Here are five things you must know for Tuesday, October 12:
1. -- Stocks Futures Edge Higher With Earnings, Inflation in Focus
U.S. equity futures edged higher Tuesday, although global markets maintained a cautious tone heading into the start of the third quarter earnings season with a focus on surging energy prices, faster inflation and their combined effect on growth prospects in the world's biggest economies.
Investors were also unsettled by news that indebted China property giant Evergrande had missed a third coupon payment in as many weeks, reigniting concerns that its collapse could trigger contagion in regional bond markets.
Beyond that, however, many of the same issues continue to challenge markets this week, with oil prices trading near seven-year highs amid a global power crunch, benchmark 10-year note yields holding at four-month highs ahead of a $38 billion auction later this morning and earnings from JPMorgan (JPM) - Get JPMorgan Chase & Co. (JPM) Report, Citigroup (C) - Get Citigroup Inc. Report and Goldman Sachs (GS) - Get Goldman Sachs Group, Inc. (GS) Report kicking-off the start of the third quarter earnings season on Wednesday.
On Wall Street, futures contracts tied to the Dow Jones Industrial Average are indicating a 5 point opening bell gain, while the broader S&P 500 is priced for a 1 point move to the downside. Nasdaq Composite futures, meanwhile, are set for a 25 point gain as benchmark 10-year note yields hold at 1.615% in overnight trading ahead of today's debt auction.
2. -- Evergrande Misses Bond Payments
China Evergrande, the giant property developer at the center of a corporate debt crisis in the world's second largest economy, missed its third bond payment Tuesday.
Evergrande, which is sitting on more than $300 billion worth of debt -- with around $100 million in payments due between now and the end of the year -- missed payments on three separate dollar bonds totaling $148 million, adding to concerns that only a 'fire-sale' of its unfinished developments, or a rescue from the Chinese state, will prevent it from collapsing into bankruptcy over the coming weeks.
3. -- Tesla Hits Another China Milestone
Tesla sold 56,006 of its China-made vehicles in that market last month, data from the China Passenger Car Association indicated Tuesday, a 27% increase from August and the highest total since the opening of its Shanghai gigafactory in 2019.
The figures contrasted sharply to a near 20% decline in overall China car sales, the fifth consecutive month of declines, as the nation's power crisis, and the ongoing semiconductor shortage, lingers over the industry.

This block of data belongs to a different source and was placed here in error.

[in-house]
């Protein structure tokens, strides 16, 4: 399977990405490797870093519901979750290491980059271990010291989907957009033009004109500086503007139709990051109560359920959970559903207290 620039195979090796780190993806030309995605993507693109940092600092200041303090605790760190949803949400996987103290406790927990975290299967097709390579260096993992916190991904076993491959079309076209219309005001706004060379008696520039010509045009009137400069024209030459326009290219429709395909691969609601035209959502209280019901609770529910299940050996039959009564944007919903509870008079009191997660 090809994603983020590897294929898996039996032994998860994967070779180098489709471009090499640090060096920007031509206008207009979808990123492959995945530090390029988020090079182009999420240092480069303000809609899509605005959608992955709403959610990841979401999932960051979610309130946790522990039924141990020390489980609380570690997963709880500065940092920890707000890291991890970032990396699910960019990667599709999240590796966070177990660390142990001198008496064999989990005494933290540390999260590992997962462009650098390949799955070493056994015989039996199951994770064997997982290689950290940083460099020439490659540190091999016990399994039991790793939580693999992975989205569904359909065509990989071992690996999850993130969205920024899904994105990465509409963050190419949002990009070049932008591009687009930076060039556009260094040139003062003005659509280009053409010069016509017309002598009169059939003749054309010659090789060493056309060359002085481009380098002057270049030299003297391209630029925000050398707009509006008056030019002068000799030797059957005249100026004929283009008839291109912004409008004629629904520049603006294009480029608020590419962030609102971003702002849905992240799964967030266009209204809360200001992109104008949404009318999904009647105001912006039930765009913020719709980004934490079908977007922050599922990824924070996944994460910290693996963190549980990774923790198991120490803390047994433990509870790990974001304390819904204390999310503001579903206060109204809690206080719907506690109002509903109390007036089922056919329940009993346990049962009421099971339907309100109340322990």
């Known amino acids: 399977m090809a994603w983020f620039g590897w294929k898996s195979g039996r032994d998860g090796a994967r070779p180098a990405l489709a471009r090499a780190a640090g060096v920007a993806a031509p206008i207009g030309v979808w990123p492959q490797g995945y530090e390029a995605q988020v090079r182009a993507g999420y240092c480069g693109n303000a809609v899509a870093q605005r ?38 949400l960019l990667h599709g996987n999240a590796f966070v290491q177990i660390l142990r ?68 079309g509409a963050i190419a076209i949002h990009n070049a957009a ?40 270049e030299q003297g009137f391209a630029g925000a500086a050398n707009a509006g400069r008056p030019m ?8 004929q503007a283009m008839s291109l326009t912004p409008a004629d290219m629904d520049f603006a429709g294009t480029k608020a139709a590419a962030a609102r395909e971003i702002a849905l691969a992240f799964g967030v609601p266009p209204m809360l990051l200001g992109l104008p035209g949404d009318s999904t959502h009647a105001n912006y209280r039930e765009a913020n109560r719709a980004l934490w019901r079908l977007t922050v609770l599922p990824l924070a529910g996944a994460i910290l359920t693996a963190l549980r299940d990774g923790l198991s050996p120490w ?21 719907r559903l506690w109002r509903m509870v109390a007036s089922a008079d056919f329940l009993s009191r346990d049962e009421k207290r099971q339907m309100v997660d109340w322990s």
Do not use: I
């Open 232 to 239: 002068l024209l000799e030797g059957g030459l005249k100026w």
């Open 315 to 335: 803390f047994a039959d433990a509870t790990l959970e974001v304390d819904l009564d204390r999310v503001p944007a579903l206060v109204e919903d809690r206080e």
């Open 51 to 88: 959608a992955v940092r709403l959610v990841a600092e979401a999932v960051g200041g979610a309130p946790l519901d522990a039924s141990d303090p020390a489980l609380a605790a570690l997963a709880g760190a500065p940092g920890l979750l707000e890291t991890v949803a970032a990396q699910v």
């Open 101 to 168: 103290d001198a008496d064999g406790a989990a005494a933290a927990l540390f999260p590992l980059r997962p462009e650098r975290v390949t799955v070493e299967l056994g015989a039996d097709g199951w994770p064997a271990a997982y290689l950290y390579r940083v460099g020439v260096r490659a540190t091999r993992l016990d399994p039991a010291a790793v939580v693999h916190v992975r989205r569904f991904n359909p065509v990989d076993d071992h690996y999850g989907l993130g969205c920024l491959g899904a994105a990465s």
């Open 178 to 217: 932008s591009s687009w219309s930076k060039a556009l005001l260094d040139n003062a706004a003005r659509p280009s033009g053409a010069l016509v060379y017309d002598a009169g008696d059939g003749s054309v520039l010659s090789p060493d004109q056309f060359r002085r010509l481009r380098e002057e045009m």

Tesla shares were marked 0.57% higher in pre-market trading to indicate an opening bell price of $796.45 each.
4. -- Bitcoin Has Record High In Sight
Bitcoin prices eased modestly lower in early Tuesday trading, but the world's largest cryptocurrency remains within sight of its April all-time highs amid a standout autumn performance in digital coin markets.
Bitcoin, in fact, has risen more than 90% from its July trough, even as regulators in China vowed to crackdown on digital currency transactions and miners have been hampered by a power crisis in the world's largest market.
In the U.S., where the SEC is mulling ways in which to bring bitcoin, as well as other crypto assets, under a common regulatory umbrella, JPMorgan CEO Jamie Dimon added his thoughts on the need for oversight late Monday, telling an Institute of International Finance that bitcoin is "worthless".
"No matter what anyone thinks about it, government is going to regulate it. They are going to regulate it for (anti-money laundering) purposes, for (Bank Secrecy Act) purposes, for tax," he said.
Bitcoin was last marked 0.38% lower on the session at $57,300 each.
5. -- Southwest Sees Normal Service Return
Southwest Airlines (LUV) - Get Southwest Airlines Co. Report shares extended declines Tuesday as the carrier vowed to return to normal service this week following a holiday weekend replete with more than 2,500 cancellations and public dispute with its pilots' union.
Southwest said a staff shortage, coupled with 'air traffic control issues' and seasonal storms in Florida, contributed to a 'significant', but unspecific, number of flight cancellations over the Columbus Day weekend. FlightAware, an online tracking service, puts the total at more than 2,500.
The Federal Aviation Administration, however, has said there have been no staff shortages on its end, while SWAPA, the carrier's pilots' union, said its members were "not participating in any official or unofficial job actions" following reports that staff shortages were linked to recent vaccine mandates.
Southwest Airlines shares, which fell 4.17% on Monday, were marked 0.2% lower in pre-market trading to indicate an opening bell price of $51.56 each. .